by NHS. There are legitimate concerns regarding the increasing
number of mHealth apps and the associated tendency for people
to self-diagnose or use such mechanisms in lieu of the necessary
professional care. The increased access to the internet in general
has come with the tendency for people to look up the symptoms they experience -whether physical or behavioral- in order to figure
out what is wrong with them. The enormous and varied number
of mHealth apps only provides more avenues for potential selfdiagnoses
It is for this reason that Ghana’s Psychological Council could combine the strategies used by both the APA and UK’s NHS to formulate an evaluation model that is used to recommend apps for the public. With such a mechanism in place, mHealth apps can be reviewed and regulated by the appropriate professional national body from the very onset. Also, mHealth app developers can begin the app development process keeping in mind that the final product would have to go through an approval process before being used by the public. The Ghana Psychological Council or Association bodies can themselves develop approved apps for its professionals and countrymen and women as well. The apps that are locally developed would have to be suited to the Ghanaian context and take into consideration some of the cultural and unique expressions of mental health problems among Ghanaians, for example, the commonality of somatization of some mental health problems.
Telepsychology and mental health mobile apps hold unique opportunities for improving mental health care and access in Ghana when adopted. Like most opportunities, these two concepts present with challenges that will be discussed in the sections to follow with recommendations on how to overcome these obstacles in order to improve mental health care and access. When mental health care and access is improved upon, the nation’s sustainable development goals for health can make gains towards a more complete picture of fulfillment. Ghana’s sustainable development goals for health cannot be entirely met if its mental health care problems persist.
Telepsychology and mobile apps provide potential solutions to mental health care problems in Ghana, but certain issues currently impede its implementation. These issues are not unlike the issues discovered in an analysis of tele mental health in South Africa (Jefee-Bahloul et al.,  ). Just like in South Africa, Ghana does not have sufficient human health resources. As already discussed, there aren’t enough mental health professionals to meet the current demand in the nation. For this reason, there is the need for mental health or psychology training up to the highest level possible in the country. There is also the need for the profession to be properly supported by the government in order to keep from deterring other professional aspirants from the field of mental health care or psychology.
An obvious potential limitation also lies in the requirements of technical and administrative support that the proposed technology mechanisms require. The use of telepsychology mandates adequate bandwidths that might not be available or which may be too expensive to acquire. Also, while messaging apps like WhatsApp and Skype can be used for telepsychology, these also require adequate amounts of data which could be relatively expensive when used at the levels that would be required for appropriate treatment. Again, should the problem of expense be addressed, another potential problem arises in the requirement of stable network connectivity which is not always the case in Ghana.
Until the year 2012 when Ghana’s mental health bill was passed, the country operated under a mental health law that was put into effect in 1972. Although Ghana made tremendous strides with the passing of the 2012 mental health act, five years later, the Legislative Instruments which will serve to assist the implementation of the bill is yet to be passed (Boateng ). Improvement in mental health care and access through recommendations of modalities like telepsychology and the use of mental health mobile apps would also only be more successful with government or political backing. Without support from Ghana’s government to improve upon mental health care, Ghana will likely continue to lag behind when it comes to attaining the advances that have been seen in the more developed countries with mental health care practice [9-11].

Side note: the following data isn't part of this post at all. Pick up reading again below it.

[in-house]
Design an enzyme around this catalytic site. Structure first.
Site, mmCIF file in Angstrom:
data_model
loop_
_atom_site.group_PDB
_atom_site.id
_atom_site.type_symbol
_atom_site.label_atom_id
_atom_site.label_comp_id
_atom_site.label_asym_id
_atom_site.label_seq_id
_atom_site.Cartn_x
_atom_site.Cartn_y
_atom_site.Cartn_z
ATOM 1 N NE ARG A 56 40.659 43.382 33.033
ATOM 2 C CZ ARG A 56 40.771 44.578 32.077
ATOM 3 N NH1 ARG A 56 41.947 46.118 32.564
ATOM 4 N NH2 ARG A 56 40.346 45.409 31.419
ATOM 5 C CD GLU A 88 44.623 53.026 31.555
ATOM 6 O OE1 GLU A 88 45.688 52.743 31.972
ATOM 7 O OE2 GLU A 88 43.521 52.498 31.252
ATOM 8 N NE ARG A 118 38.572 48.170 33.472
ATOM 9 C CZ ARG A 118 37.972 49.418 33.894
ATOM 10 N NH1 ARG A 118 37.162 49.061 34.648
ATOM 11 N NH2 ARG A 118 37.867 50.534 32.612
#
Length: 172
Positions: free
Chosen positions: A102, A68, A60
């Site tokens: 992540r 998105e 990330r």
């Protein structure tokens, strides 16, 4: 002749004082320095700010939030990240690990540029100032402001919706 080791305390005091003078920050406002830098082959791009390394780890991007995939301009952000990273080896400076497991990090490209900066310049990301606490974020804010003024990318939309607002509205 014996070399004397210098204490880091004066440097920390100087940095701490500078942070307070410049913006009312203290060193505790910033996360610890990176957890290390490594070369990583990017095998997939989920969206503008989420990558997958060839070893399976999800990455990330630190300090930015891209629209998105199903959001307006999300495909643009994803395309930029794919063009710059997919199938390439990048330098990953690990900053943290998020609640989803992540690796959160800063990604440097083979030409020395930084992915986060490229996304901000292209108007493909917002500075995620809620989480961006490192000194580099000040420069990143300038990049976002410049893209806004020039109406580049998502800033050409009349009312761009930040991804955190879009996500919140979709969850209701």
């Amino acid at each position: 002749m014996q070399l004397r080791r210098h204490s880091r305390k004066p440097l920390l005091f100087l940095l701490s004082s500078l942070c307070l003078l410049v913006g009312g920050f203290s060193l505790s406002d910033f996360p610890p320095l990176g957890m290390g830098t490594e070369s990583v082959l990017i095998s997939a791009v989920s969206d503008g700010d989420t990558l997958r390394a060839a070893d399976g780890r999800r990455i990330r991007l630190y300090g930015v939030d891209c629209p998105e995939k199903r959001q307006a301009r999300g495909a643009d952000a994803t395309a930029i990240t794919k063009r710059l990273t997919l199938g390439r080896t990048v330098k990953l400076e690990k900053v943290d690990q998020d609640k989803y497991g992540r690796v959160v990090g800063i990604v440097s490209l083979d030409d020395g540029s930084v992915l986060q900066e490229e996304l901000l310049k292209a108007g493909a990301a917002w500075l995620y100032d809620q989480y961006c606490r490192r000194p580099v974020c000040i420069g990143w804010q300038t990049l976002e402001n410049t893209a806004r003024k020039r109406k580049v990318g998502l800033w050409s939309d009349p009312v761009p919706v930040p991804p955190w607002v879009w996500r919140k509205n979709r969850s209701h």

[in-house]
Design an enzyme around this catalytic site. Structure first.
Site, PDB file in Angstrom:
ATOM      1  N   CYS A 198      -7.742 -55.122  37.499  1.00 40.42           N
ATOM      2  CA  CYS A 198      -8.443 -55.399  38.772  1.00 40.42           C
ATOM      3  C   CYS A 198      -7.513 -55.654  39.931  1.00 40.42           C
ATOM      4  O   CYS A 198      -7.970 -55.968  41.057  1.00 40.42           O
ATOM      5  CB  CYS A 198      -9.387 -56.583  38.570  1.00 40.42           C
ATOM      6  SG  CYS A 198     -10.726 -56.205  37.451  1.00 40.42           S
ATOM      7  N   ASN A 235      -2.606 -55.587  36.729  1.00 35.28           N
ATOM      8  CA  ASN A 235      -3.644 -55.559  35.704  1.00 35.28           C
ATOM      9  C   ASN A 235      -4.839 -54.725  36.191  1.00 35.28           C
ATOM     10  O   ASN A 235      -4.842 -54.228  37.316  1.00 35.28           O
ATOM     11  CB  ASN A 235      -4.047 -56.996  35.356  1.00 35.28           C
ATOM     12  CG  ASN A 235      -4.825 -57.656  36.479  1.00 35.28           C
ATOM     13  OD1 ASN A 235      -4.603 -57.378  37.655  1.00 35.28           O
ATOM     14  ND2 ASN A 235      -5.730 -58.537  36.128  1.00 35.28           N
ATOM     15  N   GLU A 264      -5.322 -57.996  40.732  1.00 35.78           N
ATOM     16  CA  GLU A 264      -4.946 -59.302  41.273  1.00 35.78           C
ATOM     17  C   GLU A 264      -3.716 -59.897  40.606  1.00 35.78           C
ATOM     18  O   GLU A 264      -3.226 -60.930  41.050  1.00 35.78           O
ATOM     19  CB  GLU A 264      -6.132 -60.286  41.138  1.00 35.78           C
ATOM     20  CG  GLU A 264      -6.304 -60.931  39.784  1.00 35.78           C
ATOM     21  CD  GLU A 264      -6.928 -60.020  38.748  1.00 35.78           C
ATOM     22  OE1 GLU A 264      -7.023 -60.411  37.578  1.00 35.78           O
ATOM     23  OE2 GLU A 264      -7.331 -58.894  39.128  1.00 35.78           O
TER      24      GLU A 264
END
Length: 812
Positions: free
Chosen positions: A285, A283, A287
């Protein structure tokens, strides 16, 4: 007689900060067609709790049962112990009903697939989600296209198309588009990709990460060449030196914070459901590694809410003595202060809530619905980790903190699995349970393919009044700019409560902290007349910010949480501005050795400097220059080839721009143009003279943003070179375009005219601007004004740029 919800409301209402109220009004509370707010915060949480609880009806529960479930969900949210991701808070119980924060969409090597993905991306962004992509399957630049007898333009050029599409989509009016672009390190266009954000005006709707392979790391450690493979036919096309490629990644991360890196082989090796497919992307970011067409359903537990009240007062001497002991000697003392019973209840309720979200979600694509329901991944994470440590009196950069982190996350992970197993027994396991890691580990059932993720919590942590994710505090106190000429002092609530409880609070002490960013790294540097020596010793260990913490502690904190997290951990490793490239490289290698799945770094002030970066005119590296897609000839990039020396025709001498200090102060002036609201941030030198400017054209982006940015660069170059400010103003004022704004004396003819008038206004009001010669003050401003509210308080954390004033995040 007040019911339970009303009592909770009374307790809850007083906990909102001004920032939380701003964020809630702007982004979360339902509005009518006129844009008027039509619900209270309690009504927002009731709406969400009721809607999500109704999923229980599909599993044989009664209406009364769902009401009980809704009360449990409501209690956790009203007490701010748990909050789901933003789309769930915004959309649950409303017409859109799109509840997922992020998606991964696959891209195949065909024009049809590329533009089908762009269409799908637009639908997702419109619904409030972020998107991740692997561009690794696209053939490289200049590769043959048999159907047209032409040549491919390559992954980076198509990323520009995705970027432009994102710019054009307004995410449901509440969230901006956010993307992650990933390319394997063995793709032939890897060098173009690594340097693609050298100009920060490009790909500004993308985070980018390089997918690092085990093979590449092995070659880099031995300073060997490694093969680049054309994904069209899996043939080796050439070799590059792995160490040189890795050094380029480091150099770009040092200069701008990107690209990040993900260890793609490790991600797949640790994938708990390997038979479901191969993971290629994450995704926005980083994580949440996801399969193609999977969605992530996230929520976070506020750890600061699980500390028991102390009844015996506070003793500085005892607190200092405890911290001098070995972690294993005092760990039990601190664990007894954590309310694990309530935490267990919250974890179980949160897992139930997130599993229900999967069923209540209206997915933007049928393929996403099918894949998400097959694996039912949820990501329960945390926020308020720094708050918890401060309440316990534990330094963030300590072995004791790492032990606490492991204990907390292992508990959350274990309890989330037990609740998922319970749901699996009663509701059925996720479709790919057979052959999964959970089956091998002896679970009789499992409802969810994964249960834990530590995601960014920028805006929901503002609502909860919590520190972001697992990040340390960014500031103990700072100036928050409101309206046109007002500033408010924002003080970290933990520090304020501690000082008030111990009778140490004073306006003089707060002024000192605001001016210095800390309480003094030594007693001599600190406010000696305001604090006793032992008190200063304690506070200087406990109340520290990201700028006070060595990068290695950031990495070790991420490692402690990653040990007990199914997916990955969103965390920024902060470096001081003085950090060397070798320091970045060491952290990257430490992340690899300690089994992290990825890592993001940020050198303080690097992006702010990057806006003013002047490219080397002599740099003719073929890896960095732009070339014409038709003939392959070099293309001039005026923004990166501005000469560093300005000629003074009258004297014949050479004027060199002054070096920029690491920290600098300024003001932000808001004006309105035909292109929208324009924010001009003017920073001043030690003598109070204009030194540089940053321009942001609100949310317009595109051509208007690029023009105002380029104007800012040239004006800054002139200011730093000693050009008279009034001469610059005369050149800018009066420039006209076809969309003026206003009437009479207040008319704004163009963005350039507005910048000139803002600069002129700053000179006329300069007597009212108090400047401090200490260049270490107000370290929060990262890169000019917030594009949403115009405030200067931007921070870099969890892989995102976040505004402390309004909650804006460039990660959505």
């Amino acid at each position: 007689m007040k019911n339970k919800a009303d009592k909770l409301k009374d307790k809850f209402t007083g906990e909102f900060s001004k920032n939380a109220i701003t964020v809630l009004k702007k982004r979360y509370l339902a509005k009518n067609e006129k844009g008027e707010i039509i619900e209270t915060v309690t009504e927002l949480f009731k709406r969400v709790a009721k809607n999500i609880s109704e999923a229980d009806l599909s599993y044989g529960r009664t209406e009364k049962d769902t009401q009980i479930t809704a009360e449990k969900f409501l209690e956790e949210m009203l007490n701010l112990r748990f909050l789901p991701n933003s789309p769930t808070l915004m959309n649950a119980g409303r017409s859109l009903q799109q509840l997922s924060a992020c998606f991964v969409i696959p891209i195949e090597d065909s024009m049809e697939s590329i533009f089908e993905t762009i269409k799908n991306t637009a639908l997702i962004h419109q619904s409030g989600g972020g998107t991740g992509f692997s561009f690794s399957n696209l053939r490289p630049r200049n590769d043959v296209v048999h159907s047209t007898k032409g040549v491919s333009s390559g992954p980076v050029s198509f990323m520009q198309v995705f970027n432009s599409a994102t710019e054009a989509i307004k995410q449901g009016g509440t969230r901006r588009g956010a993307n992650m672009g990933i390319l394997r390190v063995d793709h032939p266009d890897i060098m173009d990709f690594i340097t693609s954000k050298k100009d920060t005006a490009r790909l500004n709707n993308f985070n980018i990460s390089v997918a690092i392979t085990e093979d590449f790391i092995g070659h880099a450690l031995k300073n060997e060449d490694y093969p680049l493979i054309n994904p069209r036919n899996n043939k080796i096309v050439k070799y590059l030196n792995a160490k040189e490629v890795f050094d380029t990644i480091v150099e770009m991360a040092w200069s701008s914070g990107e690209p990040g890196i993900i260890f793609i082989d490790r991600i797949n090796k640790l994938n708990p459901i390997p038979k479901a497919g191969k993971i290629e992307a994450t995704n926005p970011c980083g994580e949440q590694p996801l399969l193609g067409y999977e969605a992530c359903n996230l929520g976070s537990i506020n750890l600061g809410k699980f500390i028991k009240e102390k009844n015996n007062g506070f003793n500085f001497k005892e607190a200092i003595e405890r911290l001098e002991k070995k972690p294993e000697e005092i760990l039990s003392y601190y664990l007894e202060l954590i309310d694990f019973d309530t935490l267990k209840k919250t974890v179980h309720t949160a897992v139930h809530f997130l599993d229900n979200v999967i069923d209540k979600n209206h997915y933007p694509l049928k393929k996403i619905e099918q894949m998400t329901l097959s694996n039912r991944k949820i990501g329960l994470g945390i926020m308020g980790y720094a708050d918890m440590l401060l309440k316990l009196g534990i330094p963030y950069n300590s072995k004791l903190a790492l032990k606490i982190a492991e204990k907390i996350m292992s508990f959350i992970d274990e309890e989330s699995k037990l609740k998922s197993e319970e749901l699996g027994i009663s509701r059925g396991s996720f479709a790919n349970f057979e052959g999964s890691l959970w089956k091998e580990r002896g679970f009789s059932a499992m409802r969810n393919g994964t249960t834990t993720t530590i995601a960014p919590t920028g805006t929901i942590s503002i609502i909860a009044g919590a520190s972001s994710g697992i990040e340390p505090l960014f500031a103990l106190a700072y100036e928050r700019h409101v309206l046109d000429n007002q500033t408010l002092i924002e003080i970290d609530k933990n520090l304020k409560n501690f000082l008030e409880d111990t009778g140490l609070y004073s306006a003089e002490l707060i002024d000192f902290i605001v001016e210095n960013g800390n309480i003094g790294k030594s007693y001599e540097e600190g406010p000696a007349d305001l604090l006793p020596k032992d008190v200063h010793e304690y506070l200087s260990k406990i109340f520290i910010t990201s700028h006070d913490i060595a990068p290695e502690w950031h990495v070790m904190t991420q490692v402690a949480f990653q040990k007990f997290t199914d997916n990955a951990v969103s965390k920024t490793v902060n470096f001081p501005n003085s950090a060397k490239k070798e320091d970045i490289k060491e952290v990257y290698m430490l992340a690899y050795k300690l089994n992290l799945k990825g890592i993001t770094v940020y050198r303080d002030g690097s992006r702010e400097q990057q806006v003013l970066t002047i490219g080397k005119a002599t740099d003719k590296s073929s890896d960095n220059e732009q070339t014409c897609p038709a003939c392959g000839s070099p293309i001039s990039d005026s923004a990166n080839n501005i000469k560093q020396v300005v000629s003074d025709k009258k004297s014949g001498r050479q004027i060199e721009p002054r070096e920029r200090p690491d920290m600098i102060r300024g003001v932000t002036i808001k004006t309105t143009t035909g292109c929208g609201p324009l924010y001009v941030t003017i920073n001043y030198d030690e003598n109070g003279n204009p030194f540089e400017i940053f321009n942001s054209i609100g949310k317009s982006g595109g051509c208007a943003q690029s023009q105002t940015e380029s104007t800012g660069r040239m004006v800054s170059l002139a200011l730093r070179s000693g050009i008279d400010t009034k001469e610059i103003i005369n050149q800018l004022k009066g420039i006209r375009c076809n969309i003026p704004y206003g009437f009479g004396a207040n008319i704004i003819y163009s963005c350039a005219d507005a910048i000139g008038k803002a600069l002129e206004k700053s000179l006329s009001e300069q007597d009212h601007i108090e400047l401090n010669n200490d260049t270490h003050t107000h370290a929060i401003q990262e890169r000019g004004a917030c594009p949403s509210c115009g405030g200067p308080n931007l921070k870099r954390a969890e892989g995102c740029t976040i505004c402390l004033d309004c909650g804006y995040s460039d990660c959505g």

Sustainable development is development that meets the needs of the present without compromising the ability of future generations to meet their own needs. The health of human beings plays a central role in the fulfillment of sustainable development goals both as enactors and indicators of sustainable development. Health forms the third arm of the United Nation’s sustainable development goals and has received great attention given its implications not just on sustainable development goals but to the lives of families, societies and economies. In meeting sustainable development goals for health, mental health has not received as much attention although it holds just as much significance in attaining sustainable development goals for health. Mental health can have just as significant an impact on families, societies and economies. An individual with a healthy body but an unhealthy mind can be just as incapable of functioning as an individual with a healthy mind but an unhealthy body. Telepsychology and mobile mental health apps present as great opportunities for mitigating mental health care access problems in Ghana. During and outside of pandemic realities, these technologies can serve as means of connecting the potential patient to the psychologist, discovering options for mental health care, regulating the practice of psychotherapy in the country, and providing psychoeducation and complementary resources to treatment. With continuing growth in Ghana’s telecommunication technologies and support for the work of mental health professionals, the discussed challenges can be overcome and Ghana can make its way toward greater mental health care access, and ultimately, the achievement of its sustainable development goals for health.
The author declares that there is no conflict of interest regarding the publication of this article. Disclaimer: This paper was presented at the ICAST 2019 Conference at the Kumasi Technical University in Ghana and published in the conference proceedings.